U.S. FINALLY Pressures Israel by Submitting ‘Immediate’ Gaza Ceasefire Resolution at U.N

Washington, D.C. has previously vetoed three ceasefire resolutions, including those backed by allies. Published Mar. 21, 2024 6:42AM EDT Agustin Marcarian/ReutersThe U.S. has submitted a draft resolution to the U.N. Security Council calling for an “immediate” ceasefire in Gaza, Secretary of State Antony Blinken said Wednesday, after months of repeatedly blocking similar calls.Speaking in an interview with Saudi

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Washington, D.C. has previously vetoed three ceasefire resolutions, including those backed by allies.

Dan Ladden-Hall

Secretary of State Antony Blinken says the U.S. has submitted a draft resolution to the U.N. Security Council calling for an immediate ceasefire in Gaza.

Agustin Marcarian/Reuters

The U.S. has submitted a draft resolution to the U.N. Security Council calling for an “immediate” ceasefire in Gaza, Secretary of State Antony Blinken said Wednesday, after months of repeatedly blocking similar calls.

Speaking in an interview with Saudi news channel Al-Hadath, Blinken said Washington, D.C. is now pressing for a ceasefire “tied to the release of hostages” being held by Hamas. He said that the resolution would send a “strong signal” and that while the U.S. supports Israel’s right to defend itself, “it’s imperative that the civilians who are in harm’s way and who are suffering so terribly—that we focus on them, that we make them a priority, protecting the civilians, getting them humanitarian assistance.”

Blinken was asked about how the U.S. is pressuring Israel to protect civilians while still supplying American arms and finances to Jerusalem, as well as vetoing any resolution that calls for a ceasefire at the U.N. Since the conflict erupted in October, the U.S. has vetoed three such resolutions, including one last month that attracted wide support—including from the U.S.’ allies, though Britain abstained—on the grounds that it could jeopardize negotiations involving Qatar, Egypt, and Israel to secure the hostages’ release.

Of the negotiations, which are still yet to secure a new truce, Blinken said an agreement is “getting closer” and that the “gaps are narrowing.” “I believe it’s very much doable, and it’s very much necessary,” he said. “And of course, if Hamas cares at all about the people it purports to represent, then it would reach an agreement, because that would have the immediate effect of a ceasefire, alleviating the tremendous suffering of people, bringing more humanitarian assistance in, and then giving us the possibility of having something more lasting.”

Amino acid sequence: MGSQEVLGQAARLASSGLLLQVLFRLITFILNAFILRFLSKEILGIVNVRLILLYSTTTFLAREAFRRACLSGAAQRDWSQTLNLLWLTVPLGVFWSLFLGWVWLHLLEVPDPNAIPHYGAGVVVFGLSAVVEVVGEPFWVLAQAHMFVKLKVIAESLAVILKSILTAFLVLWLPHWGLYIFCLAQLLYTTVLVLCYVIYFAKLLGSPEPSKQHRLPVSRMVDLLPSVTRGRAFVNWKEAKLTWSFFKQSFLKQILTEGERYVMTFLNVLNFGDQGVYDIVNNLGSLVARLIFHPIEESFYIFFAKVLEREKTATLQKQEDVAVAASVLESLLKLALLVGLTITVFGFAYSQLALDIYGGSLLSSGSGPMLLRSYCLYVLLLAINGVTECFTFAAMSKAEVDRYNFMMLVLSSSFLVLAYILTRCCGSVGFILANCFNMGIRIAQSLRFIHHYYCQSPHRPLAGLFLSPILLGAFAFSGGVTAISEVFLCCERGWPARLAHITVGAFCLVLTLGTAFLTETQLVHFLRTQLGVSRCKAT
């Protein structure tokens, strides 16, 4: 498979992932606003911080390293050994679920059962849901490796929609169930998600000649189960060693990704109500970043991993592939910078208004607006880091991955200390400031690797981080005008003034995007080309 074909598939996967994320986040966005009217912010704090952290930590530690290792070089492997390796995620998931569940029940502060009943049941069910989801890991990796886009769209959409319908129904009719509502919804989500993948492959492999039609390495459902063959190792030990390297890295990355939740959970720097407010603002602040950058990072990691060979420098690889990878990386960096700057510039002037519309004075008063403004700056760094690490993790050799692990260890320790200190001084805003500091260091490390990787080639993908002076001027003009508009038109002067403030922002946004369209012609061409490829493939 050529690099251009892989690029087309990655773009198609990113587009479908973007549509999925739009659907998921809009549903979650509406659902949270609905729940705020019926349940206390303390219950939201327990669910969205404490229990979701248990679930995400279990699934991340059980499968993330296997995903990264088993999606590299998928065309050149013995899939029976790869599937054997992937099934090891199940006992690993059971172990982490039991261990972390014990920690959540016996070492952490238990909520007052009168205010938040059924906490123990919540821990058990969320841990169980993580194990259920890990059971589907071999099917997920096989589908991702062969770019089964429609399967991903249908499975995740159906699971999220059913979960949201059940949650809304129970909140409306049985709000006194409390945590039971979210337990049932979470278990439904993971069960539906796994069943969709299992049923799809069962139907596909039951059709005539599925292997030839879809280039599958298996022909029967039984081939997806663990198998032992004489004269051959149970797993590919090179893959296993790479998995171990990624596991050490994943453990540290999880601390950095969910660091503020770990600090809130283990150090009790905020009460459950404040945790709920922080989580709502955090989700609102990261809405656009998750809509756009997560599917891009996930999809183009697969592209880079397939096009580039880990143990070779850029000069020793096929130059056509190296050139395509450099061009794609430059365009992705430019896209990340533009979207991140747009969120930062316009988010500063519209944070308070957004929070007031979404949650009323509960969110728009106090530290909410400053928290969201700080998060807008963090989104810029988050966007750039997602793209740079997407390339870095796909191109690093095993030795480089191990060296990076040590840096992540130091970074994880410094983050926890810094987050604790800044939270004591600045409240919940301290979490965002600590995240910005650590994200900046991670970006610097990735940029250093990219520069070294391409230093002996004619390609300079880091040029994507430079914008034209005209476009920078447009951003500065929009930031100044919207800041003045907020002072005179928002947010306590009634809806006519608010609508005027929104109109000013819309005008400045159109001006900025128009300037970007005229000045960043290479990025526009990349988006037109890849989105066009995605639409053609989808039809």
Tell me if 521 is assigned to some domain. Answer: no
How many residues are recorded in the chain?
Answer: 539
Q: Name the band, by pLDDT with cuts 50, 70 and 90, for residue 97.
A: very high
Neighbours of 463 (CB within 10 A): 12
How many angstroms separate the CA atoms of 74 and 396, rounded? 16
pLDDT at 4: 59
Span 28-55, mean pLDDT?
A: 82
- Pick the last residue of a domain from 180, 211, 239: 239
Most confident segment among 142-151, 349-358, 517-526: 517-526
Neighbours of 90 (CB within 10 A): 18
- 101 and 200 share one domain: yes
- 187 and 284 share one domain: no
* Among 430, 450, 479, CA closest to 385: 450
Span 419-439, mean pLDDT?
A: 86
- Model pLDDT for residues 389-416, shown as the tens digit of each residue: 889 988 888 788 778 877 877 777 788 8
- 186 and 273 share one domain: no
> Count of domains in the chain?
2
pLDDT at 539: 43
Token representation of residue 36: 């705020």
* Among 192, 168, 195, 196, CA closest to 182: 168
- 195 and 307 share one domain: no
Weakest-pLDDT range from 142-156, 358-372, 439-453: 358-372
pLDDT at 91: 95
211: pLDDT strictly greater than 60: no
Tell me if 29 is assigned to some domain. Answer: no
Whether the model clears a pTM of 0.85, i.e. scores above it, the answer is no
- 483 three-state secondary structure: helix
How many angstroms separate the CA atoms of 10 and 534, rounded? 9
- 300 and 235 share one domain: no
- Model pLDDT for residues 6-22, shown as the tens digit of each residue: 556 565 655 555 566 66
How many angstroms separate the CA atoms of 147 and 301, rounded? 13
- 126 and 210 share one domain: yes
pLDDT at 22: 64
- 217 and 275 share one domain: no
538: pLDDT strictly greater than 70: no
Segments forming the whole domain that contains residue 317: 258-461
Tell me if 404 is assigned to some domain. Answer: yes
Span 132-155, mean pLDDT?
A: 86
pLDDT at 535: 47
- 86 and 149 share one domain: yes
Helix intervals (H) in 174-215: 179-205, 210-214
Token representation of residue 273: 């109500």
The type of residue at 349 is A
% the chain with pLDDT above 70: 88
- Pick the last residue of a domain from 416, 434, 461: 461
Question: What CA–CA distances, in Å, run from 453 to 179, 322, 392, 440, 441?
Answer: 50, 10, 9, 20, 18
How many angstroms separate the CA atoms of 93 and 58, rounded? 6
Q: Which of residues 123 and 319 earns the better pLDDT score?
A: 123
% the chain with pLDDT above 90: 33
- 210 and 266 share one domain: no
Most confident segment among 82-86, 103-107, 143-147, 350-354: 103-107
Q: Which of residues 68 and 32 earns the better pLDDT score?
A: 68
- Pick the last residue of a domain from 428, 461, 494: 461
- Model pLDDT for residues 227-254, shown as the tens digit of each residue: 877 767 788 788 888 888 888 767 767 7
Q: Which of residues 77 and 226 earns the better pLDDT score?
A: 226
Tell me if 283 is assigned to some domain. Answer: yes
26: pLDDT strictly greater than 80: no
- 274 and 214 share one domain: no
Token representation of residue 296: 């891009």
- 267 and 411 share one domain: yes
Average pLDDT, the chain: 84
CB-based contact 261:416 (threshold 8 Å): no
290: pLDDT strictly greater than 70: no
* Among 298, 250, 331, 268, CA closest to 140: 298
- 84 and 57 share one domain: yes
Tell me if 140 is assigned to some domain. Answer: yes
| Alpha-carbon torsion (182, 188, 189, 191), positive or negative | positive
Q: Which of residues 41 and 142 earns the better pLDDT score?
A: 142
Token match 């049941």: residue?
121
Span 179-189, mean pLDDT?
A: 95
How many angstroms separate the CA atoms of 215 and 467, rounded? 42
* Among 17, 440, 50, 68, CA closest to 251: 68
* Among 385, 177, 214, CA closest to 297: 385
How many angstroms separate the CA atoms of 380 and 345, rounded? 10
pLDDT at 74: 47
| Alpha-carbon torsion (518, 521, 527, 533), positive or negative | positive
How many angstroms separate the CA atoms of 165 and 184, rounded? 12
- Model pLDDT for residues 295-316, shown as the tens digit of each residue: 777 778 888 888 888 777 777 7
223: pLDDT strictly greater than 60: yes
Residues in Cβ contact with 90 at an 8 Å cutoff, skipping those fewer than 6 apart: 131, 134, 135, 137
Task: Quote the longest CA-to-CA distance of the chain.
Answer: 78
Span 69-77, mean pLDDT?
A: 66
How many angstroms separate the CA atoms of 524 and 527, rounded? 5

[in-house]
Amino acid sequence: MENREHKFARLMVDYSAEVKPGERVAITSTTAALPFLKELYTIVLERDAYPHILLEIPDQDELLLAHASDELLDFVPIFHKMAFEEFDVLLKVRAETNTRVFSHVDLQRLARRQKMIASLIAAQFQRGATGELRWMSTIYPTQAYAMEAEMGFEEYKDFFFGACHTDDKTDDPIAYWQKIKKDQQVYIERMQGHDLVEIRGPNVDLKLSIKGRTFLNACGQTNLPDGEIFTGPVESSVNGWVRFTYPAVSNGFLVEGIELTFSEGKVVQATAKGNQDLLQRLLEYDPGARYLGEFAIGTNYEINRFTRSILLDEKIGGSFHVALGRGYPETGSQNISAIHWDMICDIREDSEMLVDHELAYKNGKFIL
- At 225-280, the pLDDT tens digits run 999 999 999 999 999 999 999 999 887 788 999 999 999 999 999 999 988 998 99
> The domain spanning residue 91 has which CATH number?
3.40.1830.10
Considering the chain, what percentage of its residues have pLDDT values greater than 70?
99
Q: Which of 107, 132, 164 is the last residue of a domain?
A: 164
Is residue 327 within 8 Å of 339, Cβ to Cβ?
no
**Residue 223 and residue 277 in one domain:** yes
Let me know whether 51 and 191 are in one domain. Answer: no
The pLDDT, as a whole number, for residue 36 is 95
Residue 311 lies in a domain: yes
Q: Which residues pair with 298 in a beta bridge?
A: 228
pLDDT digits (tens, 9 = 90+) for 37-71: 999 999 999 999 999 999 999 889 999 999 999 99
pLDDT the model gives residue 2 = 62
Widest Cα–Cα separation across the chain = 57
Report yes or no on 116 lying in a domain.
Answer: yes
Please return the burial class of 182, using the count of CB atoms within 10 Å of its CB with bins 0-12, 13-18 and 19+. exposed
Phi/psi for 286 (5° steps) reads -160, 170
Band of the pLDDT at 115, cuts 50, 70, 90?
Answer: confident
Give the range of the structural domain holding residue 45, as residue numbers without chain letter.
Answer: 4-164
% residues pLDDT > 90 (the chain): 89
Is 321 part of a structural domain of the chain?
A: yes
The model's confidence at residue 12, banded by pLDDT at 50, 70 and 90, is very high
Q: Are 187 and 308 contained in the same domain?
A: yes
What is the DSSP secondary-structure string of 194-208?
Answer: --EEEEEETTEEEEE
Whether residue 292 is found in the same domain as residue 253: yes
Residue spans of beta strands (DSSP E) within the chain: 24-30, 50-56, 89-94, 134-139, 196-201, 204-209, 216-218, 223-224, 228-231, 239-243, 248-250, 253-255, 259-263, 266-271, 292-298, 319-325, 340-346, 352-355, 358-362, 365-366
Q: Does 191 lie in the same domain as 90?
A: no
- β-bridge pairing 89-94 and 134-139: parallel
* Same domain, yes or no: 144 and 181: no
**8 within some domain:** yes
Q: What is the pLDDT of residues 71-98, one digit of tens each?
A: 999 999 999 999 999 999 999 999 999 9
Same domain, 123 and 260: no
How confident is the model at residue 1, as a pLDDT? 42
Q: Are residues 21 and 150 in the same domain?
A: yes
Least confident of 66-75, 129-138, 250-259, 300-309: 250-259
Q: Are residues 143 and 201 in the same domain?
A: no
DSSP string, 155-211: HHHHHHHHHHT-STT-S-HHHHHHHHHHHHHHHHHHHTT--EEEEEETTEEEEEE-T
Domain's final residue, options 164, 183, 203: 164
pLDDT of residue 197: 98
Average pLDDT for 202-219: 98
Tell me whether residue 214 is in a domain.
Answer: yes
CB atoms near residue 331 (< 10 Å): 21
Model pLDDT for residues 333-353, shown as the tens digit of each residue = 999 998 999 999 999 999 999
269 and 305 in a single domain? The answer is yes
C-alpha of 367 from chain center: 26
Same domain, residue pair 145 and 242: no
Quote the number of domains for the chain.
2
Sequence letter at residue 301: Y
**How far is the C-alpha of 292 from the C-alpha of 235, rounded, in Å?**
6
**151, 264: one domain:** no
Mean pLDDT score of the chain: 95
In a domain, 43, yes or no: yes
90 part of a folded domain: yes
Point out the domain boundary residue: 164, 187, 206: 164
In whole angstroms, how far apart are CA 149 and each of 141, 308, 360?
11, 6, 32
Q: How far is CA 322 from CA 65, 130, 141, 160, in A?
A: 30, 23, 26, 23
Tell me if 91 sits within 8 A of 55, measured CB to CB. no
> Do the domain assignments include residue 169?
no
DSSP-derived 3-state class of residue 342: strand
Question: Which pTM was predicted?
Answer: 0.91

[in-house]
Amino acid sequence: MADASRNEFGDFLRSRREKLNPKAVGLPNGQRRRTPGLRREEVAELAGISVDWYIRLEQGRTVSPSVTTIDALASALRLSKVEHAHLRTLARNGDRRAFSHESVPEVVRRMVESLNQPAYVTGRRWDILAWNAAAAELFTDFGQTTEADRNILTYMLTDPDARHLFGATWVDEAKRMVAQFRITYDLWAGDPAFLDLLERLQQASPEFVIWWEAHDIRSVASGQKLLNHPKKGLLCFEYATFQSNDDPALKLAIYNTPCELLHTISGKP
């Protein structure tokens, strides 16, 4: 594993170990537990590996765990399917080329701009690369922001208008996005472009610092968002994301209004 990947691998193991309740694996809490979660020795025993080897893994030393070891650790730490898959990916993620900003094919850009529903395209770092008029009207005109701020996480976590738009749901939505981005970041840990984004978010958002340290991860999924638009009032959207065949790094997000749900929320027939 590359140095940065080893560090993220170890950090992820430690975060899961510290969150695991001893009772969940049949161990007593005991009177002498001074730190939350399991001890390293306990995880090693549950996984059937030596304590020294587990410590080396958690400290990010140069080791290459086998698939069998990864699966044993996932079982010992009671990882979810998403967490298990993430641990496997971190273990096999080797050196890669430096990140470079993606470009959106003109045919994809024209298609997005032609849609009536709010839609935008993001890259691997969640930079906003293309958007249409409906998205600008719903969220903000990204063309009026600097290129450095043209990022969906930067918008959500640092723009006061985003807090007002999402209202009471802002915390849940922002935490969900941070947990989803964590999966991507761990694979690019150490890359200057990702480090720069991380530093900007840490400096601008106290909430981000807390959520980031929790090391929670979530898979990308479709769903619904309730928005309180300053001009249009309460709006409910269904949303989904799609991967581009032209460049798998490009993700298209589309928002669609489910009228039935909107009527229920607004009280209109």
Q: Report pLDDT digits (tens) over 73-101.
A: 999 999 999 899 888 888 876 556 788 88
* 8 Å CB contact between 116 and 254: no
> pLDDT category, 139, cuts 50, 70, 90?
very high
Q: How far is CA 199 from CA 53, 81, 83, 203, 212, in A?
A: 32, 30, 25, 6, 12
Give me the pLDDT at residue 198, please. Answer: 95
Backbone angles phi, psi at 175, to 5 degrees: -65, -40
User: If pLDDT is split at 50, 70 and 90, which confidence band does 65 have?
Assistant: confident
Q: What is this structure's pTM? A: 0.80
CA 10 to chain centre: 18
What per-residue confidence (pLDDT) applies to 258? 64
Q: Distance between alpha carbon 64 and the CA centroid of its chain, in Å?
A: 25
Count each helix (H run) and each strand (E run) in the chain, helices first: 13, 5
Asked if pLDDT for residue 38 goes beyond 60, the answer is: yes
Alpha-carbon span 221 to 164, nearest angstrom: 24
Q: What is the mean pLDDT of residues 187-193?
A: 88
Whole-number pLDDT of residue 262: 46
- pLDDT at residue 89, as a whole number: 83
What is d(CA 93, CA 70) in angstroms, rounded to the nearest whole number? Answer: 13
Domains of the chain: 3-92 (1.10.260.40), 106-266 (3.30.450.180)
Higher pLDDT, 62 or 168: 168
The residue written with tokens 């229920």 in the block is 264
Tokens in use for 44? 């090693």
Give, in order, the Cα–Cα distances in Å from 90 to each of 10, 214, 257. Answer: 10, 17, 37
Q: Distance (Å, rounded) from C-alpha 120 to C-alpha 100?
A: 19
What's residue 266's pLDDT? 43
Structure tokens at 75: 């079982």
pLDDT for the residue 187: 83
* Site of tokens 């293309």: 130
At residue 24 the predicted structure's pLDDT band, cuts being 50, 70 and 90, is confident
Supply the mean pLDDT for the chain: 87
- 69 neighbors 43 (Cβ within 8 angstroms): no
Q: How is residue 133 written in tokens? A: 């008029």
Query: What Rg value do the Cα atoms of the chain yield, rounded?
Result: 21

He also reiterated the Biden administration’s opposition to Israeli Prime Minister Benjamin Netanyahu’s stated goal of invading the southern Gaza city of Rafah. Blinken said there is “no effective way” of getting the 1.4 million Palestinians currently sheltering in the city to safety ahead of such a ground operation, and that an Israeli team will travel to the U.S. next week “different way of dealing with the remaining problem of Hamas in Rafah,” though he declined to provide details on what alternative options could be considered.

Blinken’s comments came amid reports Wednesday that the U.S. has received written assurances from Israel claiming that its use of American-made weapons in Gaza is not breaching humanitarian laws. The State Department now has until May to assess if the assurances are “credible and reliable” and report to Congress, as per a national security memorandum President Biden issued last month. Biden could halt arms transfers to Israel if the credibility of the assurances is called into question.

Human Rights Watch and Oxfam submitted a joint memorandum to the U.S. government on Tuesday alleging that Israel is using American weapons and blocking U.S.-funded humanitarian aid in Gaza in violation of international humanitarian laws and that any Israeli assurances to the contrary “are not credible.” The organizations said they had “observed or documented” indiscriminate and disproportionate attacks, the collective punishment of civilians, and the use of “starvation as a weapon of war.”

Israel denies breaking international law.

Nearly 32,000 people have been killed in Gaza—according to Palestinian health officials—over the course of the five-month conflict, which was launched in response to Hamas’ Oct. 7 attacks which Israeli officials say killed 1,200 people. U.N. Secretary General Antonio Guterres this week demanded that Israel allow humanitarian aid into the enclave after a report warned of an imminent famine, with Guterres calling the crisis “an entirely man-made disaster.”

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